On March 7, 2013, Lavern Wilkinson succumbed to lung cancer at Long Island College Hospital. Wilkinson was only 41, and left behind an autistic daughter, but what made her death more than just an unfortunate family tragedy was that her cancer could have been halted with proper diagnosis when, in 2010, she came to the Kings County Hospital emergency room with chest pains. Still worse, a cruel twist of state and municipal law left her unable to sue for medical malpractice.
A radiologist spotted a suspicious mass in Lavern Wilkinson’s right lung, but instead of being given the results, she was sent home by a first-year resident with the advice to take Motrin. When Wilkinson returned to the same ER two years later with a chronic cough, the cancer had spread throughout her body and was now terminal.
Although an attending physician confirmed that the hospital had botched the initial diagnosis, the New York State statute of limitations allowed patients only two and a half years from the time of the medical error to file a claim, and for patients (like Lavern Wilkinson) treated in a New York City municipal hospital, the limit was a mere 15 months. So, by the time Wilkinson came back to the ER, her window to take legal action had already closed.
Enter Lavern’s Law
After intense lobbying by hospitals, lawyers and patients and their advocates, the New York State Legislature reached an agreement to extend the statute of limitations for medical, dental, or podiatric malpractice related to the failure to diagnose cancer. Governor Andrew Cuomo signed the bill into law on January 31, 2018.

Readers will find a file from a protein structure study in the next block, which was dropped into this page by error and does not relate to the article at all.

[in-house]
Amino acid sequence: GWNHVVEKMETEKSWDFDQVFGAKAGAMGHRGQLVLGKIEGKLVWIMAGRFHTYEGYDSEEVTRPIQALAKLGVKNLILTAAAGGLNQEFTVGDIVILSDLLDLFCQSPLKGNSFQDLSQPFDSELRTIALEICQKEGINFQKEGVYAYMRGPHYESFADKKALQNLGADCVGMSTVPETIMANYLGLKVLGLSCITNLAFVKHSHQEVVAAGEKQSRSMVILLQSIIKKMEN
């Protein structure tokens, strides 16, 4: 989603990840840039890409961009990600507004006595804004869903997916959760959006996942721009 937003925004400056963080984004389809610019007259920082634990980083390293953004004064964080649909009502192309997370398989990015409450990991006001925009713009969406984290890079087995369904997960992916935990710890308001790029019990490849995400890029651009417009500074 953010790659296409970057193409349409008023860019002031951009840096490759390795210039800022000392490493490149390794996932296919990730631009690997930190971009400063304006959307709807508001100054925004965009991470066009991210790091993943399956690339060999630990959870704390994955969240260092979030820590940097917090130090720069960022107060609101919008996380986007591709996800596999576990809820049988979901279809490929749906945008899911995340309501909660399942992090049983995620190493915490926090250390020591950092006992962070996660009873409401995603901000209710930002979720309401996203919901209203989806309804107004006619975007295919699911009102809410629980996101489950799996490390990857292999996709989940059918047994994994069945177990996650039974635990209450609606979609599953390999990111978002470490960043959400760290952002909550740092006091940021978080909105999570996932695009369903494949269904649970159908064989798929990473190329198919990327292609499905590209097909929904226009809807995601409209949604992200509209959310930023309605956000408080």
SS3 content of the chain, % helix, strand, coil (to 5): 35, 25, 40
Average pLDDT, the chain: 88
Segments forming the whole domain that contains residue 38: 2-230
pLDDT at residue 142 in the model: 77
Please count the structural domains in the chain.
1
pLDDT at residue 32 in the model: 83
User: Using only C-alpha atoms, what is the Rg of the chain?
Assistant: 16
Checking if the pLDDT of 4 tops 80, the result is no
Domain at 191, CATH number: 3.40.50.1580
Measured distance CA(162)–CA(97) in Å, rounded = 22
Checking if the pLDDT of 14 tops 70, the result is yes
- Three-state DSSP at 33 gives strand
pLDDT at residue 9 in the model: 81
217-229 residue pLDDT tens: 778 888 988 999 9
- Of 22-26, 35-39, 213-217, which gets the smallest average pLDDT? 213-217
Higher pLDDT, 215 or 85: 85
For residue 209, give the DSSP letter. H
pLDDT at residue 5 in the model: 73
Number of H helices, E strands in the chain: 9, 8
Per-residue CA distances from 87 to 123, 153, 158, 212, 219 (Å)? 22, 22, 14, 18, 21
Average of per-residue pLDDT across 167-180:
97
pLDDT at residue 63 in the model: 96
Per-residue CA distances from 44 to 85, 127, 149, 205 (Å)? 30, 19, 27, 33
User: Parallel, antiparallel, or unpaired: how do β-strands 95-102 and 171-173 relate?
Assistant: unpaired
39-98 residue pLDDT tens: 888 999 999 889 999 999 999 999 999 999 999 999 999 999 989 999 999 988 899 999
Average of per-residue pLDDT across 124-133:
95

The law will now give victims of medical malpractice two years and six months to file a claim from the time a person discovers the alleged negligent act or omission. The statute of limitations will begin to run when the patient knows or reasonably should have known of the error and harm, with a limitation that only seven years can pass between the negligent act and the bringing of an action.
Lavern’s Law focuses specifically on patients who have been harmed by the failure to diagnose cancer or a malignant tumor. It does not apply to any other medical malpractice cases. In passing the law, the governor and legislature have acknowledged the long-understood fact that many symptoms of cancer take longer than two-and-a-half years to manifest themselves.
The law also revives claims that became time-barred in the 10 months before enactment on January 31, 2018, allowing those claims to be filed within six months of the effective date of the act.
If you or a family member is a victim of medical malpractice, LaMarche Safranko Law can help. We are leading Albany malpractice attorneys, serving the entire Capital Region. Contact us at (518) 982-0770 or online.